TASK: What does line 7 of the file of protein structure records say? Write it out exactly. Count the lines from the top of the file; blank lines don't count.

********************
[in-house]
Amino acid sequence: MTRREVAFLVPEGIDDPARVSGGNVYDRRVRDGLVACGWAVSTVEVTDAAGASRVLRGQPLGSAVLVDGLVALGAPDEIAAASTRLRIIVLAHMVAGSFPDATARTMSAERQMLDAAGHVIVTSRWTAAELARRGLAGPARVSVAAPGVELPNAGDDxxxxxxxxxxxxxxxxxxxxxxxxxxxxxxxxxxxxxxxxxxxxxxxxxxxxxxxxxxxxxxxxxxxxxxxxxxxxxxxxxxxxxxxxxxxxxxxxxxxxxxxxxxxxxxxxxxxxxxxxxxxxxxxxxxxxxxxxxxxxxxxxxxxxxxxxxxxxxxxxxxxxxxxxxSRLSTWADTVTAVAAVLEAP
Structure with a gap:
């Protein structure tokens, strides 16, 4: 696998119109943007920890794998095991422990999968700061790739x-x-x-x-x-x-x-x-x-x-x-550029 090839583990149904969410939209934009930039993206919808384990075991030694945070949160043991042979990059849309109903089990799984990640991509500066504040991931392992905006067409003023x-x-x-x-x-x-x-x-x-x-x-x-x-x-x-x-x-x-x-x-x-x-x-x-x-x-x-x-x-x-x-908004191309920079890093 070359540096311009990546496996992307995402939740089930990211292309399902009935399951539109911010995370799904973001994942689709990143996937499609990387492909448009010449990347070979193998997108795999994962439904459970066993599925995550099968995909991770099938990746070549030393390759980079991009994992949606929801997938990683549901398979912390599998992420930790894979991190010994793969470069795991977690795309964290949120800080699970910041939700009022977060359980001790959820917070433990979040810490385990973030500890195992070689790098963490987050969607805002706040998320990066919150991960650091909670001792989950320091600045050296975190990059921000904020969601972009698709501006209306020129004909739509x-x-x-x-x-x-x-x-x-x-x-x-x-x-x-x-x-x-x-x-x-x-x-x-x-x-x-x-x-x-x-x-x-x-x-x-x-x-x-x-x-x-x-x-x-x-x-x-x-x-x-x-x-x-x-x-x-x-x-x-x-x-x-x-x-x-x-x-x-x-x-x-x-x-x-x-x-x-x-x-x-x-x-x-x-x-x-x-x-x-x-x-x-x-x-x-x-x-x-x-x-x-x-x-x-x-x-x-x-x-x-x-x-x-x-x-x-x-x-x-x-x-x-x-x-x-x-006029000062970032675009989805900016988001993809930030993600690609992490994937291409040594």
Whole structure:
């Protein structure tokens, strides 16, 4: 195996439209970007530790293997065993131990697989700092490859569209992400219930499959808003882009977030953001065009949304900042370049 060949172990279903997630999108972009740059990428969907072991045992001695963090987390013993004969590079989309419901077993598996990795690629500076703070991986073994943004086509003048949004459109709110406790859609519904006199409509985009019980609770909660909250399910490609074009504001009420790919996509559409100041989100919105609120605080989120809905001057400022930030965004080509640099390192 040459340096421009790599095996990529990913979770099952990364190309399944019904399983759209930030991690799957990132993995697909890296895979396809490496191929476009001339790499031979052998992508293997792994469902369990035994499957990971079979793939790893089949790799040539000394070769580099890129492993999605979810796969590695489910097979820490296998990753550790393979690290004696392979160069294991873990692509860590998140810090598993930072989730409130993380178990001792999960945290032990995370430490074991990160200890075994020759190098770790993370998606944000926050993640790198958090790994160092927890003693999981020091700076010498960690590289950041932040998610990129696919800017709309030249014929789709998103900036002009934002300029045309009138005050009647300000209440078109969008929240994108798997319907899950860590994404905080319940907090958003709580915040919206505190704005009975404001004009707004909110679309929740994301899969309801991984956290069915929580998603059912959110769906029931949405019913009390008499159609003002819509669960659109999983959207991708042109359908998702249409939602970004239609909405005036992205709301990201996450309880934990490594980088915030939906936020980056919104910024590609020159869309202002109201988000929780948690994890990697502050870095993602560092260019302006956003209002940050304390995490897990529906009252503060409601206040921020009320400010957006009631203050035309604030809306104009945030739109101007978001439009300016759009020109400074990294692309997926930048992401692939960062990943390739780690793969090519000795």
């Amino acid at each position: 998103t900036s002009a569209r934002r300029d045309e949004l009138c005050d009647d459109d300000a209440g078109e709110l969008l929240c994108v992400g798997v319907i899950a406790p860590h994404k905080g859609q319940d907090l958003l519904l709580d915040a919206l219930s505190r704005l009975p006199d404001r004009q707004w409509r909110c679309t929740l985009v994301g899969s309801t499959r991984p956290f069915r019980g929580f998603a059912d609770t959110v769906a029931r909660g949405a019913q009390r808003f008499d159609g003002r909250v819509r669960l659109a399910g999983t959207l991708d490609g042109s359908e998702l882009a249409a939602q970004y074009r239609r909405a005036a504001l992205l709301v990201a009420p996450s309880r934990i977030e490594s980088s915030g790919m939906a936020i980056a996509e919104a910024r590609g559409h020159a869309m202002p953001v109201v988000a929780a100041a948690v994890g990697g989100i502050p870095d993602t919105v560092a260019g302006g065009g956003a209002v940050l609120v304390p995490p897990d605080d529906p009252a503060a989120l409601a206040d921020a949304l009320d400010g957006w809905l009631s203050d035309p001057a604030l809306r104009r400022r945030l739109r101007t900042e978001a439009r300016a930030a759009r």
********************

């Amino acid at each position: 998103t900036s002009a569209r934002r300029d045309e949004l009138c005050d009647d459109d300000a209440g078109e709110l969008l929240c994108v992400g798997v319907i899950a406790p860590h994404k905080g859609q319940d907090l958003l519904l709580d915040a919206l219930s505190r704005l009975p006199d404001r004009q707004w409509r909110c679309t929740l985009v994301g899969s309801t499959r991984p956290f069915r019980g929580f998603a059912d609770t959110v769906a029931r909660g949405a019913q009390r808003f008499d159609g003002r909250v819509r669960l659109a399910g999983t959207l991708d490609g042109s359908e998702l882009a249409a939602q970004y074009r239609r909405a005036a504001l992205l709301v990201a009420p996450s309880r934990i977030e490594s980088s915030g790919m939906a936020i980056a996509e919104a910024r590609g559409h020159a869309m202002p953001v109201v988000a929780a100041a948690v994890g990697g989100i502050p870095d993602t919105v560092a260019g302006g065009g956003a209002v940050l609120v304390p995490p897990d605080d529906p009252a503060a989120l409601a206040d921020a949304l009320d400010g957006w809905l009631s203050d035309p001057a604030l809306r104009r400022r945030l739109r101007t900042e978001a439009r300016a930030a759009r």